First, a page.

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Buzz Osbourne : This Machine Kills Artists

Buzz Osbourne once again unearths past music clichés in a way that makes them feel undead and hungry.

Buzz Osbourne

Stripped of distortion, the songs on this semi solo acoustic outing sound like the final graverobbing of a career founded on mixing metaphors and burying classic rock and roll.

Melvins perennial Buzz Osbourne once again unearths past music clichés in a way that makes them feel undead and hungry. The man who inspired ‘alt’ has a way of making vital, catalysing music from the epic scraps of Kansas, Rush, Sabbath and Zeppelin. Thus, newly-forged, This Machine Kills Artists feels like premonitions of the scavenger work songs of a world in imminent collapse.

Referencing the famous ‘This machine Kills Fascists’ on folk icon Woody Guthrie’s guitar, you’d think that on an album without drums Buzz might be somewhat constrained by maintaining rhythm, however quite the opposite it works to give the songs a ferocious driving energy. Despite the raw acoustic nature of the recordings, it doesn’t seem like these are songs are unfinished. They’re still nuanced – just abrasively so.

There has always been a wry humour to Melvin’s work: I’ve done this so you don’t have to. And as with The Melvins, Buzzo takes obvious melodic guitar progression and twists them. Effortlessly sounding, as a result, like the best demos you never heard from bands that you can almost put your finger on.Buzz Osbourne

For example: “The vulgar joke”, with it’s repetitious outro borders on avant garde dirge rock by repeating an atmospheric acoustic sample without ever becoming cliché or boring. It’s as though Osbourne decided that acoustic, as he sees it, is in restraint rather than excess, a sipping tequila for a more domesticated reprobate. The occasional use of overdubs emerges at exactly the right time and, never fully expected, brings an urgency uncommon in more laid-back acoustic music.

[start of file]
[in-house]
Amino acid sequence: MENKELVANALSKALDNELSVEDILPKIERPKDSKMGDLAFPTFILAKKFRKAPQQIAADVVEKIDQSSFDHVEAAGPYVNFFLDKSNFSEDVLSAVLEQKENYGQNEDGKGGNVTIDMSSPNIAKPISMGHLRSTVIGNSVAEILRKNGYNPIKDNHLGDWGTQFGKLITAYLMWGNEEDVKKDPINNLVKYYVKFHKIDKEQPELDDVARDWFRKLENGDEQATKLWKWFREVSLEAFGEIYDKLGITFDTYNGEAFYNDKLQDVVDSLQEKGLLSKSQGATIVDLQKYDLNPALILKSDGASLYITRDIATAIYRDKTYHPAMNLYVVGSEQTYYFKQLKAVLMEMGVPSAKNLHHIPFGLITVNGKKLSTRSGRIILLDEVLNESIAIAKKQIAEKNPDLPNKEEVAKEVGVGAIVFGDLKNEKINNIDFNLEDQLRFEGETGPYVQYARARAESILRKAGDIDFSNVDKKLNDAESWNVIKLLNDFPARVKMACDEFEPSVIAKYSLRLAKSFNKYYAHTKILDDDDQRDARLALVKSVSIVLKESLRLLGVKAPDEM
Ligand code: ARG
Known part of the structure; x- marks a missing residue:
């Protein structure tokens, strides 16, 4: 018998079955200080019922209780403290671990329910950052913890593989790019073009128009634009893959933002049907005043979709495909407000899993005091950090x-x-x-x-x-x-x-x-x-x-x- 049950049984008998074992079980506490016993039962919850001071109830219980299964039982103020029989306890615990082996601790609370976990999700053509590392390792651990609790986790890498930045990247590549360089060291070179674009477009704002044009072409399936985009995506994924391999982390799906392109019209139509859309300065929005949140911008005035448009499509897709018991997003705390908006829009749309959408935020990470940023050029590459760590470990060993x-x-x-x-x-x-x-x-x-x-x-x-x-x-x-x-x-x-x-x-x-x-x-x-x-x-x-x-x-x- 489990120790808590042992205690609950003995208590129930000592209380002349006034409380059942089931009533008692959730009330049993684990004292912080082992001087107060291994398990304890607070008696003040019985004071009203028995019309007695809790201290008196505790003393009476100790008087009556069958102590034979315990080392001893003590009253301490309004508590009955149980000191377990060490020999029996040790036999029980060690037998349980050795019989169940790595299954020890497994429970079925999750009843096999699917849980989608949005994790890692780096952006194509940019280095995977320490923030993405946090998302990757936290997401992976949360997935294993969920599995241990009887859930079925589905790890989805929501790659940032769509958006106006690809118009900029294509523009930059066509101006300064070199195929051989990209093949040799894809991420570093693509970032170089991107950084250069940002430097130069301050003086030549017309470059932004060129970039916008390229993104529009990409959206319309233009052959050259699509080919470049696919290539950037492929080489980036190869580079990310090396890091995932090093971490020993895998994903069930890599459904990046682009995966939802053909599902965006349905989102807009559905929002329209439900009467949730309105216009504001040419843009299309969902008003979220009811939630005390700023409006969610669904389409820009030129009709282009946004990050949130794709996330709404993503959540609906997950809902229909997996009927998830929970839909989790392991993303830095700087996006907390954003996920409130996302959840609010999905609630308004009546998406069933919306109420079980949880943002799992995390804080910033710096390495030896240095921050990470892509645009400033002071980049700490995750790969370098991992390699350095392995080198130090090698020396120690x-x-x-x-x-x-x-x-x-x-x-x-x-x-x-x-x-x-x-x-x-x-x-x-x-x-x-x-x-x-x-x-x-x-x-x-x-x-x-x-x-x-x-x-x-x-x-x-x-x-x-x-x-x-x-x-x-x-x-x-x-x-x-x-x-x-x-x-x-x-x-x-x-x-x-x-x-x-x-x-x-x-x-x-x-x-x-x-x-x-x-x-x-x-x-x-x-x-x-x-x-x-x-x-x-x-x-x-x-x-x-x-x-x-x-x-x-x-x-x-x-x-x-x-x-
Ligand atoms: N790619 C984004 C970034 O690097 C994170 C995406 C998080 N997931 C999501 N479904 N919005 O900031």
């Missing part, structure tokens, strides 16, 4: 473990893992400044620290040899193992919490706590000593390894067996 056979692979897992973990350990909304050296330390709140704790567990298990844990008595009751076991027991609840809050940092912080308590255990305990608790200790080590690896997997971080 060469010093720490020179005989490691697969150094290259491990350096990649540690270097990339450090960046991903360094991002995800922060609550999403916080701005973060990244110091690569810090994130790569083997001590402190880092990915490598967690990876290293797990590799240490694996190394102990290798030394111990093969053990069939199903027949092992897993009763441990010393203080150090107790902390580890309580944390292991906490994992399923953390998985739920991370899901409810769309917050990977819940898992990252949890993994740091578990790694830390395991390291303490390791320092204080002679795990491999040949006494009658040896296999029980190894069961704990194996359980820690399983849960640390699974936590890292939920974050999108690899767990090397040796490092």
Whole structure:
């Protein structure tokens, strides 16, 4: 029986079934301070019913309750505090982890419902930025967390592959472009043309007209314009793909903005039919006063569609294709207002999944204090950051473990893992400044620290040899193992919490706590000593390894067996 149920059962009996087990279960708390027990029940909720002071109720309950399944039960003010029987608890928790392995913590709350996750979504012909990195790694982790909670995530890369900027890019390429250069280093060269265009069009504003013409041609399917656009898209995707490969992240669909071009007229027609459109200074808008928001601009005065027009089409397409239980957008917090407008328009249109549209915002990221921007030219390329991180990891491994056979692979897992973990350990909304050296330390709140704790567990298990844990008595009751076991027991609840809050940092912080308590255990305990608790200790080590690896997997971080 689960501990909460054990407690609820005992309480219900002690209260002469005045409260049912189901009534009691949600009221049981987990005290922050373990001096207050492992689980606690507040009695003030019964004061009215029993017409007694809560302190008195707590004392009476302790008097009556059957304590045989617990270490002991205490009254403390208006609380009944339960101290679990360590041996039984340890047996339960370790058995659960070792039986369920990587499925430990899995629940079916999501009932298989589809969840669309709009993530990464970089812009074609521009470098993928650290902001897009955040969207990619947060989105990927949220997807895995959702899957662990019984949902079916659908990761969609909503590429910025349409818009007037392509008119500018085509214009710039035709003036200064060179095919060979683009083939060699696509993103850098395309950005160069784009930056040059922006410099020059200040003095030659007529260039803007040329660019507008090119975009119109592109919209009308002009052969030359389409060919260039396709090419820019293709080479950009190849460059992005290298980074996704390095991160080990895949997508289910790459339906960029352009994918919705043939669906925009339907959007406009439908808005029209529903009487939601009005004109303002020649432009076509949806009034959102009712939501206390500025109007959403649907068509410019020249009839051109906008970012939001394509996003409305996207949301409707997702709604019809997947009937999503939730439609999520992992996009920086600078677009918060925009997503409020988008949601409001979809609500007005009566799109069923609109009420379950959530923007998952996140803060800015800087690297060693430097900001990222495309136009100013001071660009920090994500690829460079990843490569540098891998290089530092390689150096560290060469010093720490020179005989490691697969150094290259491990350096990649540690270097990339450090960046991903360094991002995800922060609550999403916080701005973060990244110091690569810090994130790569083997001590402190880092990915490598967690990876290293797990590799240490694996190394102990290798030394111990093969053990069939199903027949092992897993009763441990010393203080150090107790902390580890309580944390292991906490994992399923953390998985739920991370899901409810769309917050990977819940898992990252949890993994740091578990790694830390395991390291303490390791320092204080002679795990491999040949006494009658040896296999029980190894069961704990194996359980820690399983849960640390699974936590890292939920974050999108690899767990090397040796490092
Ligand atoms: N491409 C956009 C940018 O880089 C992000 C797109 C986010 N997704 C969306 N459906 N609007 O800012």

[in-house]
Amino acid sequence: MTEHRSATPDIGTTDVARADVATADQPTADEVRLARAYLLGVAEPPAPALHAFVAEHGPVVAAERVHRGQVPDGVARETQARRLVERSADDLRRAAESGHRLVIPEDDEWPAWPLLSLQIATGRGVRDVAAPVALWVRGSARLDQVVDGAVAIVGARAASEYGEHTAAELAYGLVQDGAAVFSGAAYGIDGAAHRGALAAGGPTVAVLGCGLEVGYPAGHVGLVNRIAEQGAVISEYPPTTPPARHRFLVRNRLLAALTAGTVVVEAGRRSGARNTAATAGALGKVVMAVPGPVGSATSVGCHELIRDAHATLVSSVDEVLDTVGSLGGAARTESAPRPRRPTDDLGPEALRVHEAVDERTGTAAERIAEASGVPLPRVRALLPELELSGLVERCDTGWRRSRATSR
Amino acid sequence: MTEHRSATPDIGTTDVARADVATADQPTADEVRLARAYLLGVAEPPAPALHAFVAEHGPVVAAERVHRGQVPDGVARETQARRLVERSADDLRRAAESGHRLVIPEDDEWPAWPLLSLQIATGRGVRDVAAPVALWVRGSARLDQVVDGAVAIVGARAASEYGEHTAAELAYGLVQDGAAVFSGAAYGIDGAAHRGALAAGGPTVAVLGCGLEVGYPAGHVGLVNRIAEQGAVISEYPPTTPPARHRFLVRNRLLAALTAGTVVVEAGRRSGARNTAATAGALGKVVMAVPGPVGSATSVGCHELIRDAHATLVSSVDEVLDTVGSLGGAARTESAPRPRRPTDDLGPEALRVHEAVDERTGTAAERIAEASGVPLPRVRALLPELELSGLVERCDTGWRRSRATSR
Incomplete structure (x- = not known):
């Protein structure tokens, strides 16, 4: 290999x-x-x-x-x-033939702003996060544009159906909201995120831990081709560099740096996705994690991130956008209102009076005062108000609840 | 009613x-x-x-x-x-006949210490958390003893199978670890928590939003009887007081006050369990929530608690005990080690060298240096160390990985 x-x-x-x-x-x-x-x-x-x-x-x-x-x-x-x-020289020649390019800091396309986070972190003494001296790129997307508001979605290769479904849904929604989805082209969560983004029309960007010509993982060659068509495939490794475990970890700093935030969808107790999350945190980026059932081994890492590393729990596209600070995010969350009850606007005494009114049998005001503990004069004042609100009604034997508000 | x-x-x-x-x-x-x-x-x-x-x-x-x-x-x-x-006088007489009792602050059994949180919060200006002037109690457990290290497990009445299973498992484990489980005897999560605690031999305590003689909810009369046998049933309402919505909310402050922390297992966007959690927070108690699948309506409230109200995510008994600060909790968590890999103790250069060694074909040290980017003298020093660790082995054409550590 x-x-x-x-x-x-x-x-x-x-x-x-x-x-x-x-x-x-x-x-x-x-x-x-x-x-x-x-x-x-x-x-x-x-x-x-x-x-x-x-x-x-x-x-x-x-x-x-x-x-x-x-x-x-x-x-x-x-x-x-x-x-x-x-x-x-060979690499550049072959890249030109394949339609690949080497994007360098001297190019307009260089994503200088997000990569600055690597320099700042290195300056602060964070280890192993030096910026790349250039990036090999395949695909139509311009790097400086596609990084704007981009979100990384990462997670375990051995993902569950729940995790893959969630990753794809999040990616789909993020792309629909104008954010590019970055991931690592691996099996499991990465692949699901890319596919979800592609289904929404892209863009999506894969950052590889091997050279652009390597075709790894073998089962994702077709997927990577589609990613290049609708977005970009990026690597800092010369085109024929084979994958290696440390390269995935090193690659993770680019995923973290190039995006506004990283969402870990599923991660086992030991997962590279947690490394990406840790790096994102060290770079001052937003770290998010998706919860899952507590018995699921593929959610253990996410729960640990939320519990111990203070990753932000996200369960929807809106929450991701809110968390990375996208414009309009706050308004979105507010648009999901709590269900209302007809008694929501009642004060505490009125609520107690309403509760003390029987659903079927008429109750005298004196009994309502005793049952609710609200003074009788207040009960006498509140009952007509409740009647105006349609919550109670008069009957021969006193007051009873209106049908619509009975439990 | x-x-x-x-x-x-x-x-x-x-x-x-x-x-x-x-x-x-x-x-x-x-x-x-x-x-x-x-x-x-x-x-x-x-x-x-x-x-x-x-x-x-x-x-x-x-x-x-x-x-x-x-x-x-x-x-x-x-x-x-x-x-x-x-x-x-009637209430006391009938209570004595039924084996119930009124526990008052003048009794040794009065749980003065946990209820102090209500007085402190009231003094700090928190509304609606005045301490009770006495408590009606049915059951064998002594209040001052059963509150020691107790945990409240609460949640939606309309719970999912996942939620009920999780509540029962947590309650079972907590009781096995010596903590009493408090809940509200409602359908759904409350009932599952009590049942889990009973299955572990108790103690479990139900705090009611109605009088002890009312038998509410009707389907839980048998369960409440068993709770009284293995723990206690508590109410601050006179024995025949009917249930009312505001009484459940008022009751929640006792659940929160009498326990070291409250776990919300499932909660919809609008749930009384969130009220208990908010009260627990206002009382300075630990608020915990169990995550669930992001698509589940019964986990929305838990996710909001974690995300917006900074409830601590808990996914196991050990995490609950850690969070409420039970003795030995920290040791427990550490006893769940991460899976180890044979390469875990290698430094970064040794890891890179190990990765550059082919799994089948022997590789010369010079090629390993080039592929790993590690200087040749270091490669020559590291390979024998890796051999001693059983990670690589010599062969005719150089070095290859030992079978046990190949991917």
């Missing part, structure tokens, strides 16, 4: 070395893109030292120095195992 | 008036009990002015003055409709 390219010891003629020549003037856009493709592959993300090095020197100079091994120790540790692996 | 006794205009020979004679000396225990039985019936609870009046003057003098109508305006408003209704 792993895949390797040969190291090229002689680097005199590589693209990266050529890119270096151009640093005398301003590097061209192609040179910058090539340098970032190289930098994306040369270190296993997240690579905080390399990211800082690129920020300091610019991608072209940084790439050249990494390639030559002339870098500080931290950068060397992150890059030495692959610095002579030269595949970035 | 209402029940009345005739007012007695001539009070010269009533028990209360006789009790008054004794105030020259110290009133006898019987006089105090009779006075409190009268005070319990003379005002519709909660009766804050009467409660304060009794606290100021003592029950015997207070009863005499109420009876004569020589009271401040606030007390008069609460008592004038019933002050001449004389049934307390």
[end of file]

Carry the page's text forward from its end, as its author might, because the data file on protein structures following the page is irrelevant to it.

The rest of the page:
The album is brimful of ideas, ready for theft, and in many moments of elevation it progresses, developing simpler road-stomping beer jams into screaming disquiet. Like a David Lynch film, the common tropes of beard rock, guns and pickups seem to dissolve into a fog of blood spirituality, possession, murder, bong psychosis and naked confessional. Thence, to drowned duck witchcraft, or maybe just sensual misdirection.

Ever arch, this record is sarcasm, anomie, hatred and a little more misanthropy than a camp grunge icon should be allowed. And yet, why should we bother, darling?

Obviously essential to any Melvins fan. Beyond that. It’ll win new fans to the cult band’s legions of ‘recognisers’ because of its unique position within their prolific (almost endless and ever coming) canon. This Machine Kills Artists , more than the other releases from Melv-co this year, is definitely worth the time spent in its strange and inspiring company.

Ipecac Recordings

King Buzzo: This Machine Kills Fascists

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